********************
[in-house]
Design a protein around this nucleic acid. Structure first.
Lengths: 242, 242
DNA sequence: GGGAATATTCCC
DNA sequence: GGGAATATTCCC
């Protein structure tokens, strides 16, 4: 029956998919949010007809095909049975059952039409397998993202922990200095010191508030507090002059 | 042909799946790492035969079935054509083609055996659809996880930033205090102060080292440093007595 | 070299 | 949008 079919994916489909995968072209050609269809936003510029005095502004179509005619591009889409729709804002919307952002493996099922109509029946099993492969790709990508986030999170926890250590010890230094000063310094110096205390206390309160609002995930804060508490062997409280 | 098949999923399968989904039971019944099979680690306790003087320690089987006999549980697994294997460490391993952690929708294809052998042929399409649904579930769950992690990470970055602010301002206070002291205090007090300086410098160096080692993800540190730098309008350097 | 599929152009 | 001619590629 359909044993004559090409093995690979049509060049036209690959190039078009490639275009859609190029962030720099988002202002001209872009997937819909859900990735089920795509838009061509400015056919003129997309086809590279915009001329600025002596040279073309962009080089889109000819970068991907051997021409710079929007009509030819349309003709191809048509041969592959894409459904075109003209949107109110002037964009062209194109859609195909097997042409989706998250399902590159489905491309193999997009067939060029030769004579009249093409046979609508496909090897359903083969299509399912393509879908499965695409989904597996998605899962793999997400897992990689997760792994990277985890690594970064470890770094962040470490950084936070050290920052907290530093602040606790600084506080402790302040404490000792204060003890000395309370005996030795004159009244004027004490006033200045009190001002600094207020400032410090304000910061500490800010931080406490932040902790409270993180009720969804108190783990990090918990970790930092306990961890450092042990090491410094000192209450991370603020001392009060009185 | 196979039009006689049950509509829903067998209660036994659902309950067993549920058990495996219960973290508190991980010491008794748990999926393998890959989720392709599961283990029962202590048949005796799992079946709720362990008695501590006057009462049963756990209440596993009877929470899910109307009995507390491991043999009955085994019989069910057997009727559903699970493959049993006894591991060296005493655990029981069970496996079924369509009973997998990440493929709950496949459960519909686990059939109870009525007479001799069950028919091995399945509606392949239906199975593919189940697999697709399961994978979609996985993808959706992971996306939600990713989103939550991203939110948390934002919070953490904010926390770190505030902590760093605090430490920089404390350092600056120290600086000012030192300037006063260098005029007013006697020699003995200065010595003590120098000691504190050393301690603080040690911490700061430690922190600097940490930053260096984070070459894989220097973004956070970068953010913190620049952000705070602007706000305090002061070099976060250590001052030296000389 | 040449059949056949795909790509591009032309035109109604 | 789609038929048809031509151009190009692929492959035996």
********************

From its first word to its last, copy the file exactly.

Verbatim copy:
[in-house]
Design a protein around this nucleic acid. Structure first.
Lengths: 242, 242
DNA sequence: GGGAATATTCCC
DNA sequence: GGGAATATTCCC
């Protein structure tokens, strides 16, 4: 029956998919949010007809095909049975059952039409397998993202922990200095010191508030507090002059 | 042909799946790492035969079935054509083609055996659809996880930033205090102060080292440093007595 | 070299 | 949008 079919994916489909995968072209050609269809936003510029005095502004179509005619591009889409729709804002919307952002493996099922109509029946099993492969790709990508986030999170926890250590010890230094000063310094110096205390206390309160609002995930804060508490062997409280 | 098949999923399968989904039971019944099979680690306790003087320690089987006999549980697994294997460490391993952690929708294809052998042929399409649904579930769950992690990470970055602010301002206070002291205090007090300086410098160096080692993800540190730098309008350097 | 599929152009 | 001619590629 359909044993004559090409093995690979049509060049036209690959190039078009490639275009859609190029962030720099988002202002001209872009997937819909859900990735089920795509838009061509400015056919003129997309086809590279915009001329600025002596040279073309962009080089889109000819970068991907051997021409710079929007009509030819349309003709191809048509041969592959894409459904075109003209949107109110002037964009062209194109859609195909097997042409989706998250399902590159489905491309193999997009067939060029030769004579009249093409046979609508496909090897359903083969299509399912393509879908499965695409989904597996998605899962793999997400897992990689997760792994990277985890690594970064470890770094962040470490950084936070050290920052907290530093602040606790600084506080402790302040404490000792204060003890000395309370005996030795004159009244004027004490006033200045009190001002600094207020400032410090304000910061500490800010931080406490932040902790409270993180009720969804108190783990990090918990970790930092306990961890450092042990090491410094000192209450991370603020001392009060009185 | 196979039009006689049950509509829903067998209660036994659902309950067993549920058990495996219960973290508190991980010491008794748990999926393998890959989720392709599961283990029962202590048949005796799992079946709720362990008695501590006057009462049963756990209440596993009877929470899910109307009995507390491991043999009955085994019989069910057997009727559903699970493959049993006894591991060296005493655990029981069970496996079924369509009973997998990440493929709950496949459960519909686990059939109870009525007479001799069950028919091995399945509606392949239906199975593919189940697999697709399961994978979609996985993808959706992971996306939600990713989103939550991203939110948390934002919070953490904010926390770190505030902590760093605090430490920089404390350092600056120290600086000012030192300037006063260098005029007013006697020699003995200065010595003590120098000691504190050393301690603080040690911490700061430690922190600097940490930053260096984070070459894989220097973004956070970068953010913190620049952000705070602007706000305090002061070099976060250590001052030296000389 | 040449059949056949795909790509591009032309035109109604 | 789609038929048809031509151009190009692929492959035996």